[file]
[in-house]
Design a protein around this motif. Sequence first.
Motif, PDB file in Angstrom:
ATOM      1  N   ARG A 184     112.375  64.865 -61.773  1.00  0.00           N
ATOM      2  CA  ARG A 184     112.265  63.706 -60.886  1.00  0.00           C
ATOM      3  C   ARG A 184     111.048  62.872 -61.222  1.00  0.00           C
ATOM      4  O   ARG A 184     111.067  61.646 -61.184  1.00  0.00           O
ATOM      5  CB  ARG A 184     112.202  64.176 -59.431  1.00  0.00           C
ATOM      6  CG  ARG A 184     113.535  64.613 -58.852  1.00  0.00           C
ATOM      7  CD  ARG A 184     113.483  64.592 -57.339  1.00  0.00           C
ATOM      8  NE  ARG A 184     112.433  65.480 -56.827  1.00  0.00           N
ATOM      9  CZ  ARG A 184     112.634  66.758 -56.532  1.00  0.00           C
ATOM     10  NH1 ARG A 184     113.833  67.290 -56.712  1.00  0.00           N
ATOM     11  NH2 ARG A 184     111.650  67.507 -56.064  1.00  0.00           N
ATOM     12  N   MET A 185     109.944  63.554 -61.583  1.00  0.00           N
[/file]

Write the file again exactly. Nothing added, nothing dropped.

[in-house]
Design a protein around this motif. Sequence first.
Motif, PDB file in Angstrom:
ATOM      1  N   ARG A 184     112.375  64.865 -61.773  1.00  0.00           N
ATOM      2  CA  ARG A 184     112.265  63.706 -60.886  1.00  0.00           C
ATOM      3  C   ARG A 184     111.048  62.872 -61.222  1.00  0.00           C
ATOM      4  O   ARG A 184     111.067  61.646 -61.184  1.00  0.00           O
ATOM      5  CB  ARG A 184     112.202  64.176 -59.431  1.00  0.00           C
ATOM      6  CG  ARG A 184     113.535  64.613 -58.852  1.00  0.00           C
ATOM      7  CD  ARG A 184     113.483  64.592 -57.339  1.00  0.00           C
ATOM      8  NE  ARG A 184     112.433  65.480 -56.827  1.00  0.00           N
ATOM      9  CZ  ARG A 184     112.634  66.758 -56.532  1.00  0.00           C
ATOM     10  NH1 ARG A 184     113.833  67.290 -56.712  1.00  0.00           N
ATOM     11  NH2 ARG A 184     111.650  67.507 -56.064  1.00  0.00           N
ATOM     12  N   MET A 185     109.944  63.554 -61.583  1.00  0.00           N